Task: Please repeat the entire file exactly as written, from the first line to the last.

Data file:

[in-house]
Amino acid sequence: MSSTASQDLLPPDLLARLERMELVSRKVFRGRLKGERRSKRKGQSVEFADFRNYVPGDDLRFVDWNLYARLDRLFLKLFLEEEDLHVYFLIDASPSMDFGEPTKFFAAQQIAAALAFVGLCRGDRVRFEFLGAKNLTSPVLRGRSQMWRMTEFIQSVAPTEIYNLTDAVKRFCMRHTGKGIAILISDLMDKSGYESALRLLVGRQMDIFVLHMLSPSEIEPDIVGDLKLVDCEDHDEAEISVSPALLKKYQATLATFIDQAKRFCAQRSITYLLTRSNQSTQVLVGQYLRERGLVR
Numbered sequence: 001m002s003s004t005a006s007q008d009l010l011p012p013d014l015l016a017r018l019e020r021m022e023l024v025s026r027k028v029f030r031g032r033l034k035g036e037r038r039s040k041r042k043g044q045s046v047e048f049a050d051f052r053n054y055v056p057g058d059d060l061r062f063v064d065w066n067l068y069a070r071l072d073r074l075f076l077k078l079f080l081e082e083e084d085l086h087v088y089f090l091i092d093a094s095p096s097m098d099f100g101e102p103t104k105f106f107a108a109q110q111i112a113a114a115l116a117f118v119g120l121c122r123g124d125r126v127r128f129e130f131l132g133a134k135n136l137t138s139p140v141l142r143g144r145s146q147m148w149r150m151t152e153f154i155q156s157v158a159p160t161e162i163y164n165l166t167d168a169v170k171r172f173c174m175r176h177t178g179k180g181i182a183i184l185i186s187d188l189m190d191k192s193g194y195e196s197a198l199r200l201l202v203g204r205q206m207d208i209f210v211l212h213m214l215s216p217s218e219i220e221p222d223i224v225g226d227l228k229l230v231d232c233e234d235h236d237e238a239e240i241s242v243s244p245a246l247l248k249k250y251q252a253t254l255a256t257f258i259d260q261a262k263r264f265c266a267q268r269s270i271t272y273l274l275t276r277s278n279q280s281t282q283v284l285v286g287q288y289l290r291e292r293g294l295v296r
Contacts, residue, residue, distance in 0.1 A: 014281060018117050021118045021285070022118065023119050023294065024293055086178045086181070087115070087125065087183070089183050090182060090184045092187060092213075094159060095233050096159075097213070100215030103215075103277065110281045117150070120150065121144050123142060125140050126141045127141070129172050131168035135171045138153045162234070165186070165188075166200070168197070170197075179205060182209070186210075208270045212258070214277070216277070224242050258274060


[in-house]
Amino acid sequence: MSSTASQDLLPPDLLARLERMELVSRKVFRGRLKGERRSKRKGQSVEFADFRNYVPGDDLRFVDWNLYARLDRLFLKLFLEEEDLHVYFLIDASPSMDFGEPTKFFAAQQIAAALAFVGLCRGDRVRFEFLGAKNLTSPVLRGRSQMWRMTEFIQSVAPTEIYNLTDAVKRFCMRHTGKGIAILISDLMDKSGYESALRLLVGRQMDIFVLHMLSPSEIEPDIVGDLKLVDCEDHDEAEISVSPALLKKYQATLATFIDQAKRFCAQRSITYLLTRSNQSTQVLVGQYLRERGLVR
Numbered sequence: 001m002s003s004t005a006s007q008d009l010l011p012p013d014l015l016a017r018l019e020r021m022e023l024v025s026r027k028v029f030r031g032r033l034k035g036e037r038r039s040k041r042k043g044q045s046v047e048f049a050d051f052r053n054y055v056p057g058d059d060l061r062f063v064d065w066n067l068y069a070r071l072d073r074l075f076l077k078l079f080l081e082e083e084d085l086h087v088y089f090l091i092d093a094s095p096s097m098d099f100g101e102p103t104k105f106f107a108a109q110q111i112a113a114a115l116a117f118v119g120l121c122r123g124d125r126v127r128f129e130f131l132g133a134k135n136l137t138s139p140v141l142r143g144r145s146q147m148w149r150m151t152e153f154i155q156s157v158a159p160t161e162i163y164n165l166t167d168a169v170k171r172f173c174m175r176h177t178g179k180g181i182a183i184l185i186s187d188l189m190d191k192s193g194y195e196s197a198l199r200l201l202v203g204r205q206m207d208i209f210v211l212h213m214l215s216p217s218e219i220e221p222d223i224v225g226d227l228k229l230v231d232c233e234d235h236d237e238a239e240i241s242v243s244p245a246l247l248k249k250y251q252a253t254l255a256t257f258i259d260q261a262k263r264f265c266a267q268r269s270i271t272y273l274l275t276r277s278n279q280s281t282q283v284l285v286g287q288y289l290r291e292r293g294l295v296r
Contacts, residue, residue, distance in 0.1 A: 014281060018117050021118045021285070022118065023119050023294065024293055086178045086181070087115070087125065087183070089183050090182060090184045092187060092213075094159060095233050096159075097213070100215030103215075103277065110281045117150070120150065121144050123142060125140050126141045127141070129172050131168035135171045138153045162234070165186070165188075166200070168197070170197075179205060182209070186210075208270045212258070214277070216277070224242050258274060